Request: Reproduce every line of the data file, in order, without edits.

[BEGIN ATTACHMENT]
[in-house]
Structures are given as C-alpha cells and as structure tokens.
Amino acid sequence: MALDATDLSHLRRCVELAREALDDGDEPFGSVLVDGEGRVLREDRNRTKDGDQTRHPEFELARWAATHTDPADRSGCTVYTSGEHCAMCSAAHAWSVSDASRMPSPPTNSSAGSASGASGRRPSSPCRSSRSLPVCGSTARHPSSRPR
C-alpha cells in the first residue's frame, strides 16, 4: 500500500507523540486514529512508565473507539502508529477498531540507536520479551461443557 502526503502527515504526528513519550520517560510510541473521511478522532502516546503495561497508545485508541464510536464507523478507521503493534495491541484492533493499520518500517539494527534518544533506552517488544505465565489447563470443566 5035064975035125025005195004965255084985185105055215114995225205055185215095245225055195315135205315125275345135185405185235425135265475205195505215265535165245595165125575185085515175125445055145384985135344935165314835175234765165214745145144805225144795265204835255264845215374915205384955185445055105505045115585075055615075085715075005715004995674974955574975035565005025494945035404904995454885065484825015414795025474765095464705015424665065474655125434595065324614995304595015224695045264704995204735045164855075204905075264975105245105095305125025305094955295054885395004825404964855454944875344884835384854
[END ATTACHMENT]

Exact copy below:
[in-house]
Structures are given as C-alpha cells and as structure tokens.
Amino acid sequence: MALDATDLSHLRRCVELAREALDDGDEPFGSVLVDGEGRVLREDRNRTKDGDQTRHPEFELARWAATHTDPADRSGCTVYTSGEHCAMCSAAHAWSVSDASRMPSPPTNSSAGSASGASGRRPSSPCRSSRSLPVCGSTARHPSSRPR
C-alpha cells in the first residue's frame, strides 16, 4: 500500500507523540486514529512508565473507539502508529477498531540507536520479551461443557 502526503502527515504526528513519550520517560510510541473521511478522532502516546503495561497508545485508541464510536464507523478507521503493534495491541484492533493499520518500517539494527534518544533506552517488544505465565489447563470443566 5035064975035125025005195004965255084985185105055215114995225205055185215095245225055195315135205315125275345135185405185235425135265475205195505215265535165245595165125575185085515175125445055145384985135344935165314835175234765165214745145144805225144795265204835255264845215374915205384955185445055105505045115585075055615075085715075005715004995674974955574975035565005025494945035404904995454885065484825015414795025474765095464705015424665065474655125434595065324614995304595015224695045264704995204735045164855075204905075264975105245105095305125025305094955295054885395004825404964855454944875344884835384854